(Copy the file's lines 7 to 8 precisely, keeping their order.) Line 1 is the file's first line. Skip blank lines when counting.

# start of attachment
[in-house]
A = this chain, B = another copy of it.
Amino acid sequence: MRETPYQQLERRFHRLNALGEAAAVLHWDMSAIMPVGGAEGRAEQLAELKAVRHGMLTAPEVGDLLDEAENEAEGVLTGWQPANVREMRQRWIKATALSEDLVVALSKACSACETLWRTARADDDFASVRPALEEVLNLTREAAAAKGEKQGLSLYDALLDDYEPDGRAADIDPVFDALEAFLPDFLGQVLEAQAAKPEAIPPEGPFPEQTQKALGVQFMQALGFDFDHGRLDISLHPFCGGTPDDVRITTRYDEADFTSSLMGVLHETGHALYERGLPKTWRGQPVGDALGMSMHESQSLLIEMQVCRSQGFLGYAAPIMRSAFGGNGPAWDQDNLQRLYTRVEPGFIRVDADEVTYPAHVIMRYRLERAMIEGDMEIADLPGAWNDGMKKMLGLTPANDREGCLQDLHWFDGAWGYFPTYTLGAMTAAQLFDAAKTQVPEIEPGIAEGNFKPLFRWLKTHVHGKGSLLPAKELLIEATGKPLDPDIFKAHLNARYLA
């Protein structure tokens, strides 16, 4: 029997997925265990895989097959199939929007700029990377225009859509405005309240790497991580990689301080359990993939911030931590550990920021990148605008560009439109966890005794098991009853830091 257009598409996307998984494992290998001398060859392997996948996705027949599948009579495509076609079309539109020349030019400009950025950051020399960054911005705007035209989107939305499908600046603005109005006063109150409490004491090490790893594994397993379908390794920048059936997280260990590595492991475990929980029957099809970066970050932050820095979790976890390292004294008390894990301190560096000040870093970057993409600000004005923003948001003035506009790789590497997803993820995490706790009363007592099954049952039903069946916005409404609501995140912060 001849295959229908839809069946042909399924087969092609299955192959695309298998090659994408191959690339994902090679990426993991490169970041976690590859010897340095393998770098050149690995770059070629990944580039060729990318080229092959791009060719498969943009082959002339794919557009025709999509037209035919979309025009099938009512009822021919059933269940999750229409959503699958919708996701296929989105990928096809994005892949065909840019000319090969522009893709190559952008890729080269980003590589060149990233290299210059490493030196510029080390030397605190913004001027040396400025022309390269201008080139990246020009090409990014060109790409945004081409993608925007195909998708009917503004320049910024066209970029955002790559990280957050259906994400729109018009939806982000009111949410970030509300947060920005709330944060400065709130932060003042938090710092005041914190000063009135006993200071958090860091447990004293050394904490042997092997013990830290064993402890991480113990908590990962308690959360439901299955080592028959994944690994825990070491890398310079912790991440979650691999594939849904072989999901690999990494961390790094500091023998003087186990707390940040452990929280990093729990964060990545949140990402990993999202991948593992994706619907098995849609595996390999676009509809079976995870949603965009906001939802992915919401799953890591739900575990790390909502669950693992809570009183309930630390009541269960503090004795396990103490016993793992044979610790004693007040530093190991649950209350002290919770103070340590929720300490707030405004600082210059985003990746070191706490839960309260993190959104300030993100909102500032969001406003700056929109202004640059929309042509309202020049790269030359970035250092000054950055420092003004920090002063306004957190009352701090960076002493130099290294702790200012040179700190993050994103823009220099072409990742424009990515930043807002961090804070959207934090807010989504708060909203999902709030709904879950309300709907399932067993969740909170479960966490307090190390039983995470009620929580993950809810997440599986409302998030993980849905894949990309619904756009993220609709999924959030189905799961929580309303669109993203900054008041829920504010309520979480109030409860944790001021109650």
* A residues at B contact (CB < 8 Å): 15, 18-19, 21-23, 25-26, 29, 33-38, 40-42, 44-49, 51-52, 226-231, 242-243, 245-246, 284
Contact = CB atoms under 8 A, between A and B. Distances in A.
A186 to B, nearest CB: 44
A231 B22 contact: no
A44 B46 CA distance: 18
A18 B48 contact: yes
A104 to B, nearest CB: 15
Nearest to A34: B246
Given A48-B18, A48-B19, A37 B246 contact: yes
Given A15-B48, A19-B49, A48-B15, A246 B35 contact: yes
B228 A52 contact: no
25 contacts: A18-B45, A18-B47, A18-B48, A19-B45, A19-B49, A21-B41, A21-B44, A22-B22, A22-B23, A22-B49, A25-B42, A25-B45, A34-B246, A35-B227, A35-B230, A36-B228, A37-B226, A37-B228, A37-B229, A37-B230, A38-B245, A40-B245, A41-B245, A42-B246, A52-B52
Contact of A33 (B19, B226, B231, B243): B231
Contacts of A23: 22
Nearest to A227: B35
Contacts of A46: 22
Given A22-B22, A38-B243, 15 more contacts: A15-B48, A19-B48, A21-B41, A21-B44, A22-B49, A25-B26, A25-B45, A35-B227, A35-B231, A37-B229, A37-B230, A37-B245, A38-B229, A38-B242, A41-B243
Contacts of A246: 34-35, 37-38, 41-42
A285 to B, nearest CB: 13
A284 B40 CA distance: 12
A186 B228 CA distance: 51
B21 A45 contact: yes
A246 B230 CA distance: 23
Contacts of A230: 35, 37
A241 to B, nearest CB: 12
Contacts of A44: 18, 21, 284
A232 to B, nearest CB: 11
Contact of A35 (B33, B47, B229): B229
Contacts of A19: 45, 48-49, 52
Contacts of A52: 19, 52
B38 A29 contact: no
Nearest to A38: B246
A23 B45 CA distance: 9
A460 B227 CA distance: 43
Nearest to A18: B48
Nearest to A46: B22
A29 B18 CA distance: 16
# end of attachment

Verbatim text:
A186 to B, nearest CB: 44
A231 B22 contact: no